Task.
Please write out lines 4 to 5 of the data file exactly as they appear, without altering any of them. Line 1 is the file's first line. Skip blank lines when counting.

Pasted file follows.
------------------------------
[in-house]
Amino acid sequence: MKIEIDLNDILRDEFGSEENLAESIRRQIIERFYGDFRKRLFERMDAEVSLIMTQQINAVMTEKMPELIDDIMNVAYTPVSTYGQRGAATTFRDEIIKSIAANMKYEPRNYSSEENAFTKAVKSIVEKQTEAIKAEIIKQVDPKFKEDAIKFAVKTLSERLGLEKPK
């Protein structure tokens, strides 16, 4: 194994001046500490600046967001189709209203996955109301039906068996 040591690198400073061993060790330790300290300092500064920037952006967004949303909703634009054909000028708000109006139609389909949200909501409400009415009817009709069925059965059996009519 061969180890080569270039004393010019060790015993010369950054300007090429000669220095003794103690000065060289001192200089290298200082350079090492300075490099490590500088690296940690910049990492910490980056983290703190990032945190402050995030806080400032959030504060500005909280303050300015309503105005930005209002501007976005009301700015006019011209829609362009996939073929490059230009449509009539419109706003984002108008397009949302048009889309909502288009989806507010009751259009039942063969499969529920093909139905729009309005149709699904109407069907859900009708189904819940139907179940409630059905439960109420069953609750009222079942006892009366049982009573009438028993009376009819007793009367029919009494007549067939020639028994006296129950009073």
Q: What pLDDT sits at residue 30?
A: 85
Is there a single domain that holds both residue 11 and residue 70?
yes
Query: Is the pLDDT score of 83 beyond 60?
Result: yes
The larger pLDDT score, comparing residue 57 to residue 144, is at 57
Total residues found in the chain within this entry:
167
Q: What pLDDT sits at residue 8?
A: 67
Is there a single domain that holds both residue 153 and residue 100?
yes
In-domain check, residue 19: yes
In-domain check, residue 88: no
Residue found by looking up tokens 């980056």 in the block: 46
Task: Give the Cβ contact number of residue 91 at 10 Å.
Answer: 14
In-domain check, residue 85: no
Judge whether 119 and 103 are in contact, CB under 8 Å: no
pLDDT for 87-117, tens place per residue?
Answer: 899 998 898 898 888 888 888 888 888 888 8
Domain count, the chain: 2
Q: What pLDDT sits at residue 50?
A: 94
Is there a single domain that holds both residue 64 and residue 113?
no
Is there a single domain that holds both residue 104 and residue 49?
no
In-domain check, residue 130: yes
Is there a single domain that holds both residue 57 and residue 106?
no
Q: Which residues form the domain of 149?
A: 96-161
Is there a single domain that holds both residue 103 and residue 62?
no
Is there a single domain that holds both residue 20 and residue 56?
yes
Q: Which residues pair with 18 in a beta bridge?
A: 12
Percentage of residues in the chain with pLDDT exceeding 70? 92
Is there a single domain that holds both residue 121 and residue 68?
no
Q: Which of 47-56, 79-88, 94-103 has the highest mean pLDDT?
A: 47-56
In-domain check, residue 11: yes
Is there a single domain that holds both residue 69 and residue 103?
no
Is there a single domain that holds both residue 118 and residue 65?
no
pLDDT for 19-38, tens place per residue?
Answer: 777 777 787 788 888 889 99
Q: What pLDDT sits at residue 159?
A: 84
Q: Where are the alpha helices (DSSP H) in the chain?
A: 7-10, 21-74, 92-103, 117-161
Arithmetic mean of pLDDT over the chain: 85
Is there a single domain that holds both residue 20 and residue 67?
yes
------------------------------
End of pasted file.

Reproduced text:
Q: What pLDDT sits at residue 30?
A: 85